- When did you realize that photography was the field you wanted to pursue?
Well, it really started back when I stumbled into shooting a show out in Chicago for a pop band. Once I discovered how vast photography is, I really developed a love for it. One aspect that really got me into photography was the balance it holds between being technical and also an art form. It’s the perfect mix between a “right brain” and “left brain” activity.
- When did you enroll at NYIP?
I actually enrolled in NYIP about a month ago. I am minoring in photography through another university, and I wanted to take advantage of the technical skills and one-on-one mentoring that NYIP offers to students. I thought that would be a good compliment to my education, and only help to enhance my overall skill set inside the field.
- What was your coursework like?
My course work is very diverse while remaining balanced. I like the fact that there is so much material available, and it keeps my interest by being divided by visual aid, audio clips, and reading. There are also exams and testing to help solidify what I learn, and photo submission tests which provide thorough feedback from mentors.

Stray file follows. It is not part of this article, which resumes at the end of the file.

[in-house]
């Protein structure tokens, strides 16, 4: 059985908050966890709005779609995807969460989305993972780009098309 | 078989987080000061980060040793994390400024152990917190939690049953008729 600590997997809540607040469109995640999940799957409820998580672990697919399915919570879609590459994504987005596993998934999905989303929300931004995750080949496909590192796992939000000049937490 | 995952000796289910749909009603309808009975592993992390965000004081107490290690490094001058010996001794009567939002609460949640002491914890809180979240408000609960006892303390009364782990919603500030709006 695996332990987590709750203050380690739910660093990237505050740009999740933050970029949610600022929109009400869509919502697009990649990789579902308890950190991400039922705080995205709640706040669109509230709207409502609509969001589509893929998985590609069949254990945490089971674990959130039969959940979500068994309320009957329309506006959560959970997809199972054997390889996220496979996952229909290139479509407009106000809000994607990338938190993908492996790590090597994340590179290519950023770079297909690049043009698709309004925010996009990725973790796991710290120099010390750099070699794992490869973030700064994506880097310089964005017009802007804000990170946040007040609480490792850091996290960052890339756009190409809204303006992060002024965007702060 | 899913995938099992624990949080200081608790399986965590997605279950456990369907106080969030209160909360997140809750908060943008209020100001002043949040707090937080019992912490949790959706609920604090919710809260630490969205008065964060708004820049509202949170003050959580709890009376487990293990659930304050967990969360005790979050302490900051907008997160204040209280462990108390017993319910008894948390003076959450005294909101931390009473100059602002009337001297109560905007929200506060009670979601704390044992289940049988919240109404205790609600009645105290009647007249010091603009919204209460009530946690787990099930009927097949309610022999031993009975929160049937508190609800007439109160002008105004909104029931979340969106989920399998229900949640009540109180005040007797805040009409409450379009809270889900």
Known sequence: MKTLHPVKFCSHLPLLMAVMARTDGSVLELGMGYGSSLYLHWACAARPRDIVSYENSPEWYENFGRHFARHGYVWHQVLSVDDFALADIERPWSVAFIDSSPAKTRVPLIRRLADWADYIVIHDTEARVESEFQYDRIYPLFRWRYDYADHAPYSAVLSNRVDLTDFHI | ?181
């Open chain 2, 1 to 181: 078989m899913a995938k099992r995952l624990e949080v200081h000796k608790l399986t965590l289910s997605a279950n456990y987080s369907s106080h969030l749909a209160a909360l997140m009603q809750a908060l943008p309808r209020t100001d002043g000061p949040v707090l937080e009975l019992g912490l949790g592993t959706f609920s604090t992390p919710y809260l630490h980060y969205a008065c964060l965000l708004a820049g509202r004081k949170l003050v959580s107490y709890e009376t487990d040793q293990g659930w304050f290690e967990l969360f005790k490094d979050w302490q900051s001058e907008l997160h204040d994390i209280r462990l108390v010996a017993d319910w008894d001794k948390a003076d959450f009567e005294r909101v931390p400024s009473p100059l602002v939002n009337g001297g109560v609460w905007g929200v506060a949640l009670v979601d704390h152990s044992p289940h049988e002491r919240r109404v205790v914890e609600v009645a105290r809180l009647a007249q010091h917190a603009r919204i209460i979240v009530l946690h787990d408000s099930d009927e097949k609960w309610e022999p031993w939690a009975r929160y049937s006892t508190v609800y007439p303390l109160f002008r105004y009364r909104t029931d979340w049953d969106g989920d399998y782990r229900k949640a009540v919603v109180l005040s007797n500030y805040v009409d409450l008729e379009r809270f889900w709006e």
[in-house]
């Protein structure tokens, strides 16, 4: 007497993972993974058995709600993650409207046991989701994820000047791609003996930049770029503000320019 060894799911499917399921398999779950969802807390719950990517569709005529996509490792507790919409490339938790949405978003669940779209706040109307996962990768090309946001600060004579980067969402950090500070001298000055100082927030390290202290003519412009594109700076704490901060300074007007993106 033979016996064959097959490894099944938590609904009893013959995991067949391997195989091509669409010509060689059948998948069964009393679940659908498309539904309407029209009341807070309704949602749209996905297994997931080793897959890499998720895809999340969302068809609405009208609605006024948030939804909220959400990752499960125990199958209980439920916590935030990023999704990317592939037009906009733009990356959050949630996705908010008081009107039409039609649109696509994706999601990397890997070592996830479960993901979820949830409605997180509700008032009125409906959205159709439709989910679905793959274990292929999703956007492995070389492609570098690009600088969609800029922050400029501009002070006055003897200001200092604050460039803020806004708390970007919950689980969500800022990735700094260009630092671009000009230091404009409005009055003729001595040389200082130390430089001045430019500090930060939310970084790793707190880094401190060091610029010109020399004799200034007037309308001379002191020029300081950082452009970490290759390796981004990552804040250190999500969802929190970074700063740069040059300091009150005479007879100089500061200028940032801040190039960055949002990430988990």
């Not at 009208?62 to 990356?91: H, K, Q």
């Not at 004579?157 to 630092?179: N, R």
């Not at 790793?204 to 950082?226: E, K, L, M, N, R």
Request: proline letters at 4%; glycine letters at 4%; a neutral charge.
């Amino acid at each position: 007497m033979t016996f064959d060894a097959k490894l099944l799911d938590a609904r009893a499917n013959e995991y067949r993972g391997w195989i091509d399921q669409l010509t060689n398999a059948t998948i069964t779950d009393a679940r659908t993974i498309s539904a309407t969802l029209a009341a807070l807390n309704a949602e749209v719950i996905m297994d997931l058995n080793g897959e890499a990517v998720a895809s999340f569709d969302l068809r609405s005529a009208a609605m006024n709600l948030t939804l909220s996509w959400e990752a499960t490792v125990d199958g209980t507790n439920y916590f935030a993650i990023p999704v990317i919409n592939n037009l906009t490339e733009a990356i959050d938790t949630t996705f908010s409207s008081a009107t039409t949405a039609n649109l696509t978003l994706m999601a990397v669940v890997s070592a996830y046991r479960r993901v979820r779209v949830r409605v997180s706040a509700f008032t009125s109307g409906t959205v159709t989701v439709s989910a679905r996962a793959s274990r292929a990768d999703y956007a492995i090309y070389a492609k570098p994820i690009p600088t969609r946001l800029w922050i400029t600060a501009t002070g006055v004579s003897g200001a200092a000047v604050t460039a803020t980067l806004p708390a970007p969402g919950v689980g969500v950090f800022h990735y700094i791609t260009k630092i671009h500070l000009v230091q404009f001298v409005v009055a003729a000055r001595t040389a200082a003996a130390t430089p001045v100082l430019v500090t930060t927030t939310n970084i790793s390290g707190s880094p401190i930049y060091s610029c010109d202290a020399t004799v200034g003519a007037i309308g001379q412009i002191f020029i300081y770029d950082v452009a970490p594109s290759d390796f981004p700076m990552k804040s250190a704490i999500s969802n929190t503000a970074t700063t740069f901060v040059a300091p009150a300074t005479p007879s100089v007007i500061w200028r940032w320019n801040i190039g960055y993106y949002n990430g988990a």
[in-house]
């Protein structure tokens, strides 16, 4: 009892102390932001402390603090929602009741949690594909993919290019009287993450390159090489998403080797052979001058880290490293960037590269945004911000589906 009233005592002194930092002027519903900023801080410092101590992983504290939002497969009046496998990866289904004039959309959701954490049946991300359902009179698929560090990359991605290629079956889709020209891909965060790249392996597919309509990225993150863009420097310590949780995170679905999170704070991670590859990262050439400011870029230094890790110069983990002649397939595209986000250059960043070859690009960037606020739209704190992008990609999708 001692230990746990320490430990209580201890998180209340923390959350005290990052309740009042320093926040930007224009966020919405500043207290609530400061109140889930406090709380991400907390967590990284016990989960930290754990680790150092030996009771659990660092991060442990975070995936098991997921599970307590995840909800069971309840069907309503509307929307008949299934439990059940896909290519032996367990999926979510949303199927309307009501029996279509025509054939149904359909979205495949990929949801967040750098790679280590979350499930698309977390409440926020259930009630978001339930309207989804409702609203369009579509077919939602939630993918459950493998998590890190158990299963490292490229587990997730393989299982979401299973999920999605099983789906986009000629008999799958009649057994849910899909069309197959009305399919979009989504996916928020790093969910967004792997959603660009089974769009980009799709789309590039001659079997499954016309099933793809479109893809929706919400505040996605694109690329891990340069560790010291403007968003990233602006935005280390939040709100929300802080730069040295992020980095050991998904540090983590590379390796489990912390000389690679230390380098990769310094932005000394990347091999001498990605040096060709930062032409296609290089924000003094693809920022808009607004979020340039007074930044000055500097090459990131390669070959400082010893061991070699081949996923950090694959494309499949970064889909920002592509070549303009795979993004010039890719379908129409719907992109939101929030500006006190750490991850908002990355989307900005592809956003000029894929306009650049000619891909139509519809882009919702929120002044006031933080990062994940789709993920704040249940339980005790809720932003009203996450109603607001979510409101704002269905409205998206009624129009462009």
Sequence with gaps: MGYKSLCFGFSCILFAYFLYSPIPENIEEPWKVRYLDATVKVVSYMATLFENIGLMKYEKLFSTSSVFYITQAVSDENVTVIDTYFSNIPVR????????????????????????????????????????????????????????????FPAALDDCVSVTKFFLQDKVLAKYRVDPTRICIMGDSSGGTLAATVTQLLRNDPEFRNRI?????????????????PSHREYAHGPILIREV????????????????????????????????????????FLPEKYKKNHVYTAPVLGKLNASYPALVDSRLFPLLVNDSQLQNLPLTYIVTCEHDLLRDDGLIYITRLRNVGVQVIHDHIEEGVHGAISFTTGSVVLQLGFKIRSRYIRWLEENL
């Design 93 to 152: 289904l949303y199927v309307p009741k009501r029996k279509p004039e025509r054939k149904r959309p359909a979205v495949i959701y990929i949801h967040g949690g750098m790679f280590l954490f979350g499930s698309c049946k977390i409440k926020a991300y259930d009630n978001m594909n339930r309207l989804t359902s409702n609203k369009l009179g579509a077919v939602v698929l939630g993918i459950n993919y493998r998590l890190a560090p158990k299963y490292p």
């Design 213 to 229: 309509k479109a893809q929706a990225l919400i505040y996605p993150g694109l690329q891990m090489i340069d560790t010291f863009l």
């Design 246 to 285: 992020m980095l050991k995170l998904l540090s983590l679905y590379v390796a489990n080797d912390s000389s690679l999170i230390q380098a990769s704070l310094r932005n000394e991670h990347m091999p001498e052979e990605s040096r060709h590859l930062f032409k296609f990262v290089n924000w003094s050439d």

- Was your mentor helpful during the process?.
Yes! Although I am only a little way into this current course, my mentors have answered all the questions that I have had in a timely manner, and I am looking forward to working with them to continue to grow as a photographer.
- What type of work are you doing now?
Right now, I am pursuing concert photography mainly. Actually, as I’m typing this, I’m down in Tampa, Florida for a week after 3 nights of shooting Metrocon and focusing on the Metrocon Massive 6 raves specifically. I also just got done shooting a stop at warped tour after gaining press credentials for each event.
- Tell us about your journey as a concert photographer.
My journey began when I accompanied a friend to a show in Chicago to see a few bands. They were a pop band with a mainly female audience, and were surprised to see me there as an older teen boy. After chatting with them for a little bit, when they saw I had a camera (an old D3000 with a kit lens), they asked me to shoot a couple shots for them. Since then, I really devoted my time in photography to learning new techniques, improving my shots, and upgrading my equipment. Since then I also started shooting for UnderAir Media, which has really opened doors for me to shoot stops on tours for bands, raves, and festivals.
- How do you find new clients and advertise the specific work you do?
Getting started was definitely the hardest part. I kind of stumbled in to shooting Metrocon back in 2015, due to a lack of photographers, and I ended up getting some really solid material. Once, I built a backlog of material for my portfolio, it became a little easier to gain access to shooting events. UnderAir Media has been able to get me onto quite a few interesting shoots, and I feel my portfolio has been a major key in gaining new clients, specifically due to word of mouth. As far as advertising, I rely heavily on my clients being happy, using my images, and inviting me back to shoot where I can then network with other bands and artists on the ticket for that tour, show, or festival.